I have never been accused of following the crowd. One of the ways I have always “stuck out” is my advice for how big your emergency fund should be.
On this podcast of Ask Suze Anything, Suze answers questions from Women & Money listeners Jessica, Mini, Joan, Gloria, Virginia, and Asuun.
In this podcast of Ask Suze Anything, Suze answers questions from Women & Money listeners Jessica, Mini, Joan, Gloria, Virginia, and Asuun.
In this podcast of Ask Suze Anything, Suze answers questions from Women & Money listeners Elise, Denise, Suzanne, Jerilyn, Jennifer, Laura, and Beth.
I hope you, your family and all those you hold dear are healthy, both physically and emotionally. And that you reach out, at a social distance, to connect to as many people as you have the energy for.
In this podcast of Ask Suze Anything, Suze answers questions from Women & Money listeners Jodi, Elizabeth, Joel, Mark, JF Spin, Edith, En Gee, Ora, and Michelle.
In this podcast, Suze shares her thoughts on health over wealth, financial lessons we should be learning during this crisis, and the need to continue to be prepared for what comes next.
I know some of you have already lost your jobs as the economy reels from the impact of the coronavirus crisis. And many more of you are worried about a job loss or sharply reduced hours.
In this podcast of Ask Suze Anything, we hear questions and stories from Women & Money listeners Judy, Steve, Stephanie, Joan, Trish, Jim, Sophia, Suzy, and Patricia.
In this podcast, Suze explains what you need to know about the COVID-19 Stimulus Package passed by Congress on March 27, 2020.
In today’s podcast, Suze reviews why, with the Coronavirus affecting people’s jobs, it’s so important to make sure you save your money, especially if you may find yourself out of work.
Over the next few weeks plenty of you will receive a refund on your federal tax return, and for those of you in states that charge income tax, you may get money back from your state treasurer as well.
In this podcast of Ask Suze Anything, we hear questions and stories from Women & Money listeners Kathleen, Tina, Sonja, Leigh, Margaret, Joan, Margaret, Sally, Kiana, Allison, and Anonymous.
Previously, I made the case for how you can refine your spending choices today so you have more money to put toward retirement goals.
The New Year has just started, and that’s the riskiest time of year as far as I am concerned.
In this podcast of Ask Suze Anything, we hear questions from Women & Money listeners Becky, Terijas, Bernadette, Ania, Arlette, Mary, Nelly, and Marie.
A recent survey of employers says they expect the typical raise next year to be around 3%. I hope you are the rock star who lands an even bigger pay increase. But, 3% is good when you consider that th
In this Ask Suze Anything podcast, we hear questions from Women & Money listeners Brenda, Kara E, Tiffany, Nikki, R.K., Cindy, and Gladys.
If you are a recent college grad, or love one, please listen up on the must-do financial moves you need to tackle right now. Not next year. Right now. The choices you make today will make all the diff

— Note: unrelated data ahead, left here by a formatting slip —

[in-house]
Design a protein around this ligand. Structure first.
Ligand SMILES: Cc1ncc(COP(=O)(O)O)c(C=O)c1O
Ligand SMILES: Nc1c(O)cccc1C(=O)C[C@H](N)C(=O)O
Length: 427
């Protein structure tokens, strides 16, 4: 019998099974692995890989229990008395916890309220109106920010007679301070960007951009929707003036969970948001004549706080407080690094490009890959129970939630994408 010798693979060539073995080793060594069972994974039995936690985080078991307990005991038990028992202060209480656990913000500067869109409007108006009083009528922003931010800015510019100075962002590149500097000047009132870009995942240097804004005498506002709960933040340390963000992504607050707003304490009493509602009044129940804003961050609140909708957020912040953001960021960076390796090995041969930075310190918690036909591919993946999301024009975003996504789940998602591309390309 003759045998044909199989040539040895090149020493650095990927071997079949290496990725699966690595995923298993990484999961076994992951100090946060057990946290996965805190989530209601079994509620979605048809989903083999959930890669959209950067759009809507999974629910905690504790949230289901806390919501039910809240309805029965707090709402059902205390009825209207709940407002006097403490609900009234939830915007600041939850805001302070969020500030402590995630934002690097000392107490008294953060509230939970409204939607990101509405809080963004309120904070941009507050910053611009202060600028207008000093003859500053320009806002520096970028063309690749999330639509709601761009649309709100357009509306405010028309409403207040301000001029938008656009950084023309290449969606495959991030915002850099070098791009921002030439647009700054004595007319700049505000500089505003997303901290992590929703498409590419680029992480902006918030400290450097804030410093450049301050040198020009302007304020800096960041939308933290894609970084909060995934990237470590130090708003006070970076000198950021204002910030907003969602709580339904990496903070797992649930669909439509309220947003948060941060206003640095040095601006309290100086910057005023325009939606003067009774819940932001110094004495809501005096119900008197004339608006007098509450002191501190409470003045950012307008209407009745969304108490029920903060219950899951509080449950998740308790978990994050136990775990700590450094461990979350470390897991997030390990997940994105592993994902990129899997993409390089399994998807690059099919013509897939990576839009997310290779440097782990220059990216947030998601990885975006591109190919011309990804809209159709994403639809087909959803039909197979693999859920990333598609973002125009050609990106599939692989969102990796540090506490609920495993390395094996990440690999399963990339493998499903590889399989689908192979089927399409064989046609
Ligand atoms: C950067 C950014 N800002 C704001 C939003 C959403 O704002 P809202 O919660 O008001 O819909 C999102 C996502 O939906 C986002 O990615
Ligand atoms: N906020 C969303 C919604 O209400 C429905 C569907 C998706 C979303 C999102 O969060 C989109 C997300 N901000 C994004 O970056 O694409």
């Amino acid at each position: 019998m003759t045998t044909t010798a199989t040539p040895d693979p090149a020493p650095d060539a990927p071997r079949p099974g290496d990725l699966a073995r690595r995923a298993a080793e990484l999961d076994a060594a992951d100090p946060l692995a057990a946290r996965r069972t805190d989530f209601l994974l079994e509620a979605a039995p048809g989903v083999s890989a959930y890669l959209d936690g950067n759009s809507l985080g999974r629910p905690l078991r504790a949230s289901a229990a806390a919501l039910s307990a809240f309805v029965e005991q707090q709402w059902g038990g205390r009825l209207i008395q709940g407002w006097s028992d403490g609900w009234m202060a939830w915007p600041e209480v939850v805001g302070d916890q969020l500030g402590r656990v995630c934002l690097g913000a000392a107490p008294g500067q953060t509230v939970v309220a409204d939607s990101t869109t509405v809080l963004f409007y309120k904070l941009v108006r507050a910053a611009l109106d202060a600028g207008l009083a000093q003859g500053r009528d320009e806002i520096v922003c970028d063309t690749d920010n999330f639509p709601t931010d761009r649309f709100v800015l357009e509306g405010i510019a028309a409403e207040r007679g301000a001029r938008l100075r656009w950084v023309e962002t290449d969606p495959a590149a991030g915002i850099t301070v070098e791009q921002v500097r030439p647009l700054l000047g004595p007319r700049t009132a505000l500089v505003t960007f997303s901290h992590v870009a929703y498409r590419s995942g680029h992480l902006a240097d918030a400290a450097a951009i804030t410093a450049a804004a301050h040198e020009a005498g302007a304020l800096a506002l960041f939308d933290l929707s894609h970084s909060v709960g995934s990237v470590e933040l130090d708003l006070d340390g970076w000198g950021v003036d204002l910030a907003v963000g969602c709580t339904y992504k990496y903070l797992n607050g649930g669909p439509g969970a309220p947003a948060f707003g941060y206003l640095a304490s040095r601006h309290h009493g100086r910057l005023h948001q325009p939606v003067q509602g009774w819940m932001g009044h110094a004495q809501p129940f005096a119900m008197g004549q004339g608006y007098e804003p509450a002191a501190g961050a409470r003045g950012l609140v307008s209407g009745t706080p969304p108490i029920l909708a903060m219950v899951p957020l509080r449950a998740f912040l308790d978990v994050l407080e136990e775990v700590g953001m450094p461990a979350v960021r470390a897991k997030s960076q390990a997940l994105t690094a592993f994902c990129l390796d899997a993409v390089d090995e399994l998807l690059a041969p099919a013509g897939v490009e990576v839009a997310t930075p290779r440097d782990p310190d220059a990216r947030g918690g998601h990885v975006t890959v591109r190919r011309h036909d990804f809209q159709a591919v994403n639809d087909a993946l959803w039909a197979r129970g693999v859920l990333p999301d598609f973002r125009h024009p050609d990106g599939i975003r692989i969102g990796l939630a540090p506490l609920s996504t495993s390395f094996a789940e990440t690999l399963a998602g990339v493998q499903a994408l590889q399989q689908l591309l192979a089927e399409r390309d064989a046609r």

Hurricanes and tropical storms have been devastating for so many. And heart wrenching for all of us. You know I have always said, People First. Then Money. Then Things.
It’s been more than a decade since the U.S. economy fell into a recession. That’s a long time ago. But I know for many of you, far from forgotten, as the Great Recession that lasted from late 2007 to
More than 50% of Americans gave themselves a personal finance grade of A or B in a recent survey. I sure hope you are making the grade, but in the same Equifax survey there were some disturbing facts.
The stock markets delivered a lump of coal at the end of 2018. December was one of the worst months for investors in years, and when you take a glance at your year-end statements, you will likely...
Digging out from the losses incurred when a natural disaster strikes can take time. Waiting for insurance claims to be processed, or emergency aid to be disbursed can take weeks, or longer. Meanwhile households have bills to pay, and the financial strain of needing to replace so much right now just to get back to functioning.
You know I believe there is no substitute for keeping an emergency fund in a federally insured bank or credit union account. That is the best—the only way—to ensure your “what if” money is always safe and will always be there for you. Yet I know how frustrating it has been to follow my safe—not—sorry advice since late 2008. That’s when the Federal Reserve pushed safe savings rates down to zero. The Fed’s move was focused to help the economy pull out of recession and then regain some positive momentum. But that was done at the cost of savers earning pretty much nothing.
I was glued to the TV recently watching the news when an advertisement for Guaranteed Acceptance Life Insurance came on. Whoo boy, did my blood pressure rise. I am not a fan of this type of life insurance.
Lenders like to give home borrowers choices when it comes to their mortgage rate. You’ll always be presented with a standard rate: what you qualify for based on how the lender sizes up your financial profile (credit score, income, debts etc.) And then you will also be presented with some options to “buy down” or reduce that interest rate.
It makes me so sad to read reports that many households don’t have even $1,000 set aside to cover an unexpected expense. What’s so sad is that I know that must cause such stress.
More than 300,000 financial advisors in the United States provide saving, investing and retirement advice, but only one made the top ten of the Forbes 2013 list of the most influential celebrities: Suze Orman.